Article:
Remembering a friend

Brittany Westerberg

Brittany Westerberg

The loss of Kevin Morsching, a relief pitcher for SDSU, is being heavily felt at SDSU and will continue to be throughout the year.

“No one is ever going to wear his number (16) again as long as I’m here,” head baseball coach Reggie Christiansen said.

The 21-year-old biology major from Rapid City fractured his skull in a skateboarding accident in Brookings on August 20. Police reports indicate that he was discovered by a passer-by and then airlifted to a hospital in Sioux Falls. At the hospital, he was placed in a drug-induced coma and underwent surgery to reduce swelling in his brain and remove a clot.

By Wednesday night, however, he had stopped responding to the drugs doctors were giving him and the swelling in his brain increased, causing brain damage.

On Saturday Kevin was declared brain dead, as a CAT scan revealed that his brain stem was almost completely damaged, but his family kept him on life support for another day because he was an organ donor.

His funeral was held August 31 in Rapid City.

“It hasn’t really set in yet,” said Kirby Morsching, Kevin’s younger brother, who also plays baseball for SDSU, on September 3. He said his family has been surrounded by friends and extended family members the entire time and is being well taken care of.

Tina Martin, Kevin’s girlfriend for the past year and a half, said that he would be missed more than words could say. “He fought until the end,” she said, “and now someone lucky will get his heart and lungs. … I cannot wait to see the person who gets his big heart.”

Kevin graduated from St. Thomas More High School in Rapid City in 2004. While in high school, Kevin pitched for the Post 22 American Legion Program. During SDSU’s 2007 season, he was one of the team’s top relievers, with a 5-1 record and a save in 15 appearances.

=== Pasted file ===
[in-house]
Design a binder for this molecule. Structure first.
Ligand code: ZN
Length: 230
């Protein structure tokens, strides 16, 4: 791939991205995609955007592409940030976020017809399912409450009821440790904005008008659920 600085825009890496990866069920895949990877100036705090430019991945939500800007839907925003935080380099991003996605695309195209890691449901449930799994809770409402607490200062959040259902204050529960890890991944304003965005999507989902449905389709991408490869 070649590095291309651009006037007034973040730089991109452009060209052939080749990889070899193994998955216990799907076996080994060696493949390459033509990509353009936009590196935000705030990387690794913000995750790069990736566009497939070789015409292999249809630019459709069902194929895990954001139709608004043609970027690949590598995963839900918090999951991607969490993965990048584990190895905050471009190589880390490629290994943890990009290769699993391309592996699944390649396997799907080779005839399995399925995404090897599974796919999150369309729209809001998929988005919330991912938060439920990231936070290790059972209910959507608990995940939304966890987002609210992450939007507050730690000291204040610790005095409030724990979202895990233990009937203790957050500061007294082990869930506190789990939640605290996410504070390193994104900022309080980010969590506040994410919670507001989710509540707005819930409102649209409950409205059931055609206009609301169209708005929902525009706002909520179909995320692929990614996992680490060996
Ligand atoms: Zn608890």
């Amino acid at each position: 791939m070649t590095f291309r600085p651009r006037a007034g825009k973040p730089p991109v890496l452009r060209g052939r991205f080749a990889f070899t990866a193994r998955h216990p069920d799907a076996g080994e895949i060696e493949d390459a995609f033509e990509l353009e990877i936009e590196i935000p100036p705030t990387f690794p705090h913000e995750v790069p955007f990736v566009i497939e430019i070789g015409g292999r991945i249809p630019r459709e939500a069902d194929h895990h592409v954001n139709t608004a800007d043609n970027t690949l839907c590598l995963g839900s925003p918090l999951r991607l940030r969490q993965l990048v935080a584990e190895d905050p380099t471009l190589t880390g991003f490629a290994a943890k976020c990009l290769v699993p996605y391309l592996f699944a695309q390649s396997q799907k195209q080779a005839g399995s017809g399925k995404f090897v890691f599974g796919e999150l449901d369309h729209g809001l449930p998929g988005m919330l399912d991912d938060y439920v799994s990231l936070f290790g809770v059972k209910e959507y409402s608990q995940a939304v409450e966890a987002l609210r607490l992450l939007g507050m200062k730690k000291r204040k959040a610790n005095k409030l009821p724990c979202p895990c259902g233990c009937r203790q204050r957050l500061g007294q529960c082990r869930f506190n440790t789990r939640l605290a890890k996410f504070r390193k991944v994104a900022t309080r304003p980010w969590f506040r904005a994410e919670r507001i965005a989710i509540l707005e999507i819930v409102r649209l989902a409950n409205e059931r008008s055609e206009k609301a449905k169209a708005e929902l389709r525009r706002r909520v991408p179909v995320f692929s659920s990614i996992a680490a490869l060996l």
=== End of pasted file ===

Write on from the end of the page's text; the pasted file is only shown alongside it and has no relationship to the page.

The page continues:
“He was always so intense,” Kirby said. “He’d always go out and do his job. He’d run out of the bullpen? and let everybody know that he’s the man. He’d push you and try to get everything out of you he could. He rubbed off on everybody he ever met? and as an older brother, he was always there to stand up for me.”

“He had an incredible drive and passion and enthusiasm for life,” Christiansen said. “He was very comfortable in his own skin? and showed up with a smile on his face every day. He brought a lot to the table? and was a very special person.”

“He was an infectious guy,” Jackrabbit first baseman Tyson Fisher said. “You just wanted to be around him. You couldn’t want more from a teammate.”

“He always wanted to be a closer,” Kirby said. Kevin received the chance to be a closing pitcher this summer when playing for the collegiate summer league Humboldt Crabs out in Arcata, Calif. He led the team in appearances with 19-no one else had more than 11-and was 3-1 with a 2.29 ERA.

“His life was like one big energy drink,” said Jackrabbit third baseman/outfielder Craig Perry, who also played for the Crabs this summer. According to Perry, Kevin was always full of energy and never wanted to sit still. The first thing Kevin asked when they got out to California after the 20-some hour drive was, “Where can we go rock climbing?”

“He never took a day off,” fellow Jackrabbit pitcher Matt Baerlocher said. “He was always extreme, always all-out. He was the one guy I’ve met who didn’t relax.” Baerlocher nicknamed Kevin “the wild man” last year, and the name stuck. “It was the perfect way to describe him,” he said.

“He was one of the most athletically gifted guys,” Fisher said, “but he couldn’t touch the net on a basketball court. He had no vertical jump.”

“He saw life differently than most,” Martin said, “as he gave 110 percent in everything he did, whether that be in school, playing baseball or weightlifting, or just being a good friend, son, brother or boyfriend. He was the most amazing person I have ever met in my entire life. He did more in his 21 years than some may do in their whole lifetime. He has made me a better person today, and I know I will live the rest of my life for and through him.”

Friends of the Morsching family have set up the Kevin Morsching Memorial Account at the Highmark Federal Credit Union, 725 5th St., Rapid City, SD 57701. The money will go toward a memorial scholarship at St. Thomas More.

#1.882068:1704810003.jpg:Morsching.el.jpg::Eric Landwehr/University Relations